Research: Investigate what is known about the historical Jesus.
Remember: “But He was wounded for the wrong things we did. He was crushed for the evil things we did” (Isaiah 53:5, ICB).
Becky De Oliveira is a teacher, writer, editor, and graphic designer. She is working on a PhD in research methods at the University of Northern Colorado in Greeley.
Hold your little one and read the Words to Remember for this week: “But He was wounded for the wrong things we did. He was crushed for the evil things we did” (Isaiah 53:5, ICB). Jesus suffered all of the things described in this chapter of Isaiah because of His undying love for us. Dwell on how much you love the one in your arms and magnify that love as big as you can imagine and realize that you are not even close to understanding how much God loves His children.
Take time to memorize the Words to Remember for the week: “But He was wounded for the wrong things we did. He was crushed for the evil things we did” (Isaiah 53:5, ICB). In Chapter 52 of Isaiah, we learn a lot about Jesus! We learn that He grew up, He wasn’t really good looking, He wasn’t liked by many people, and He suffered here on earth. We learn that He died but not because of anything wrong He did. Jesus died to make sure sin would never be able to capture any of us and keep us away from God! All of the wrong things we do or think, Jesus decided to make right by dying in our place. He is a good, good Savior!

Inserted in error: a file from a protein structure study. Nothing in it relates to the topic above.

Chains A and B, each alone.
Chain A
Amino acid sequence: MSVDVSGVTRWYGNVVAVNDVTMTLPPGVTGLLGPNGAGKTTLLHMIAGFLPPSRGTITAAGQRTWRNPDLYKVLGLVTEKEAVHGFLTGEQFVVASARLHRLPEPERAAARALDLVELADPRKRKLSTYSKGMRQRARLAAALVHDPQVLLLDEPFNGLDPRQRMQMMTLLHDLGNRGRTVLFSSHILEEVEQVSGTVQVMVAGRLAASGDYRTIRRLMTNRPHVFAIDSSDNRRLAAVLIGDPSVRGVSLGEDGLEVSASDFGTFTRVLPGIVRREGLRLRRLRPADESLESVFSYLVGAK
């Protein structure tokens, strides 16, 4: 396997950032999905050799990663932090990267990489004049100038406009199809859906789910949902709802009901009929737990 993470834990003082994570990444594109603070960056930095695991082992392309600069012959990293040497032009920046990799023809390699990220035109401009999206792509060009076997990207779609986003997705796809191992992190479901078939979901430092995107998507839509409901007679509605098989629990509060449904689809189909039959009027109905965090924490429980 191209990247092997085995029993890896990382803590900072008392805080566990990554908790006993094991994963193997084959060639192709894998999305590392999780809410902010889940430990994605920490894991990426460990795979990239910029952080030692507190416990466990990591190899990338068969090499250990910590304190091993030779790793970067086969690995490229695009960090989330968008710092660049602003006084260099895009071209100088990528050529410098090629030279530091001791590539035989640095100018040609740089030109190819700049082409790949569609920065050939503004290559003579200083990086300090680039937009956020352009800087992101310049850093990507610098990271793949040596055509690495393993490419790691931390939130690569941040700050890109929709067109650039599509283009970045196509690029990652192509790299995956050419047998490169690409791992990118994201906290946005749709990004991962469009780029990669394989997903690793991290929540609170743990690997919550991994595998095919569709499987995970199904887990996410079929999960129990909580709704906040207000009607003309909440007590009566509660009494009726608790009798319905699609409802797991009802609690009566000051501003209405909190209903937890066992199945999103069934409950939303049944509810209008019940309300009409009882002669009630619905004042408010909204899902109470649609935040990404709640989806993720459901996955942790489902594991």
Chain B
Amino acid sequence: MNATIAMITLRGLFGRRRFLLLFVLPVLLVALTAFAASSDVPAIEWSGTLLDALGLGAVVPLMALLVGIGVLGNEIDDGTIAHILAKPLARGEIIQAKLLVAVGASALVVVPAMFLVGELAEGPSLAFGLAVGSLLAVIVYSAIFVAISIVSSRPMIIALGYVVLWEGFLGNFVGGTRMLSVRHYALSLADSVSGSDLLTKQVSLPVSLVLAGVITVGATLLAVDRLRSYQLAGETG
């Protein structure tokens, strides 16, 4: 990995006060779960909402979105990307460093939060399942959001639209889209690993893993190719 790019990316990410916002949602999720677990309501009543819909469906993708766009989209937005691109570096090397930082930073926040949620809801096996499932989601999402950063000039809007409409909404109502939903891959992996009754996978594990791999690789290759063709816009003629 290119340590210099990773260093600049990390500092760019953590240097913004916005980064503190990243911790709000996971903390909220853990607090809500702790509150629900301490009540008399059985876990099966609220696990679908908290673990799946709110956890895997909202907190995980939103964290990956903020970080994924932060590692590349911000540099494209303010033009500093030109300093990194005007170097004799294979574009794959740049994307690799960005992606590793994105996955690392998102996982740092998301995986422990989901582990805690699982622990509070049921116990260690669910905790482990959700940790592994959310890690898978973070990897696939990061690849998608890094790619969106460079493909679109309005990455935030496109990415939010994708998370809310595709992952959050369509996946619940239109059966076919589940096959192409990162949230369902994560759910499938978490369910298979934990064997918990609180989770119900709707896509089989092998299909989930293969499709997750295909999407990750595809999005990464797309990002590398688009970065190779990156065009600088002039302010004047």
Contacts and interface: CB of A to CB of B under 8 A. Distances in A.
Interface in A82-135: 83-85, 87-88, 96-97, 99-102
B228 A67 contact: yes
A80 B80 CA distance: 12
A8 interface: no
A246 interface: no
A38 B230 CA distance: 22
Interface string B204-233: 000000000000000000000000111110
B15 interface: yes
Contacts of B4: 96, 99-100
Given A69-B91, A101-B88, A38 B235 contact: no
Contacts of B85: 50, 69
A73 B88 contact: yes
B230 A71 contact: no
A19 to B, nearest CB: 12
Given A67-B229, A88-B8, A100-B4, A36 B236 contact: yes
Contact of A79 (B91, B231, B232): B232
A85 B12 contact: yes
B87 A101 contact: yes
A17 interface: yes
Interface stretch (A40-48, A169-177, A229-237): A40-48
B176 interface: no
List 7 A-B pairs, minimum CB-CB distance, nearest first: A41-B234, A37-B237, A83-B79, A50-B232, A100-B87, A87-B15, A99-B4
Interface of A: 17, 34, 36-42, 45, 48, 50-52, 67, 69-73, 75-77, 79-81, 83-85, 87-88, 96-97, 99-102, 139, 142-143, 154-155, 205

This week we are going to read Isaiah 53 together. It is a powerful and beautiful prophecy about Jesus. You may have heard these verses before or you may not have. This is how the chapter begins: “Who has believed our message? To whom has the Lord revealed His powerful arm?” (Isaiah 53:1, NLT). This must be a pretty important verse—do you know why? It is quoted two times in the New Testament; this is what the Gospel of John says: “But despite all the miraculous signs Jesus had done, most of the people still did not believe in Him. This is exactly what Isaiah the prophet had predicted: ‘Lord, who has believed our message? To whom has the Lord revealed His powerful arm?’’ (John 12:37-38, NLT). Despite all the amazing things that God did in the past, His people still didn’t believe, and when Jesus came and performed heaps of amazing miracles they still rejected Him. As we explore this amazing passage of Scripture this week—that is all about Jesus and His sacrifice—may we believe in what He is doing for us now and has done for us in the past.
I want you to do something right now. It doesn’t matter where you are, who is around you, or what else is going on. Close your eyes and picture Jesus standing in front of you. Did you do it? What did you see? What did He look like? Was His hair long, short, or medium length? Was He brown, white, or tan? When I think of Jesus I always imagine His eyes. In my imagination His eyes look tender, soft, and honest. You can tell a lot about people by what is in their eyes. Our text this week says, “He had no beauty or majesty to attract us to Him, nothing in His appearance that we should desire Him.” Jesus was simple. His aim wasn’t to impress us with His luscious curls, or six-pack abs. He wanted people to look into His eyes and see His heart. When was the last time you looked into the eyes of Jesus? The best way to do it is by opening up your Bible and reading the Gospels. I encourage you to try it!
Zan Long is GRC director for faith development groups. She lives in Sydney, Australia, and serves at her local church in nearby Kellyville.
Jenniffer Ogden serves as the children and family pastor at the Walla Walla University Church in College Place, Washington.
Adrian Peterson is the associate pastor at Burwood Adventist Community Church in the eastern suburbs of Melbourne, Australia.
Kyle Smith is the associate pastor of youth and family ministries at New Haven Adventist Church in Overland Park, Kansas.